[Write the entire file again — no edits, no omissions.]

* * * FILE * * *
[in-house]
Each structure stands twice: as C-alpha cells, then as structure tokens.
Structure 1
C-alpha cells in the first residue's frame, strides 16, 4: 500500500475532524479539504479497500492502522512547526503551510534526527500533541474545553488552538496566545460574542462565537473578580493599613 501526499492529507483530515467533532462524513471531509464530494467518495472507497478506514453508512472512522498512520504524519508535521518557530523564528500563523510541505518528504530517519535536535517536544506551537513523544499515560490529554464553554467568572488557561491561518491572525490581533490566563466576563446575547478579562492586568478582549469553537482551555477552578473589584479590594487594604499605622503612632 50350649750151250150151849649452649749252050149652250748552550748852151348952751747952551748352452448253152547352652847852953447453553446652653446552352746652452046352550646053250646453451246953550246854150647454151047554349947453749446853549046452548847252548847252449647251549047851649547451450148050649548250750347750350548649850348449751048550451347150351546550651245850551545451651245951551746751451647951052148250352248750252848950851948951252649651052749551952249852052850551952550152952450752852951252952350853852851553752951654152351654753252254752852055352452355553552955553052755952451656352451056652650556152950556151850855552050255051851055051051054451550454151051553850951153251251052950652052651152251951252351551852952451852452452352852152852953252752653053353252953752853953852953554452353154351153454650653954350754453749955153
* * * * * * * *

[in-house]
Each structure stands twice: as C-alpha cells, then as structure tokens.
Structure 1
C-alpha cells in the first residue's frame, strides 16, 4: 500500500475532524479539504479497500492502522512547526503551510534526527500533541474545553488552538496566545460574542462565537473578580493599613 501526499492529507483530515467533532462524513471531509464530494467518495472507497478506514453508512472512522498512520504524519508535521518557530523564528500563523510541505518528504530517519535536535517536544506551537513523544499515560490529554464553554467568572488557561491561518491572525490581533490566563466576563446575547478579562492586568478582549469553537482551555477552578473589584479590594487594604499605622503612632 50350649750151250150151849649452649749252050149652250748552550748852151348952751747952551748352452448253152547352652847852953447453553446652653446552352746652452046352550646053250646453451246953550246854150647454151047554349947453749446853549046452548847252548847252449647251549047851649547451450148050649548250750347750350548649850348449751048550451347150351546550651245850551545451651245951551746751451647951052148250352248750252848950851948951252649651052749551952249852052850551952550152952450752852951252952350853852851553752951654152351654753252254752852055352452355553552955553052755952451656352451056652650556152950556151850855552050255051851055051051054451550454151051553850951153251251052950652052651152251951252351551852952451852452452352852152852953252752653053353252953752853953852953554452353154351153454650653954350754453749955153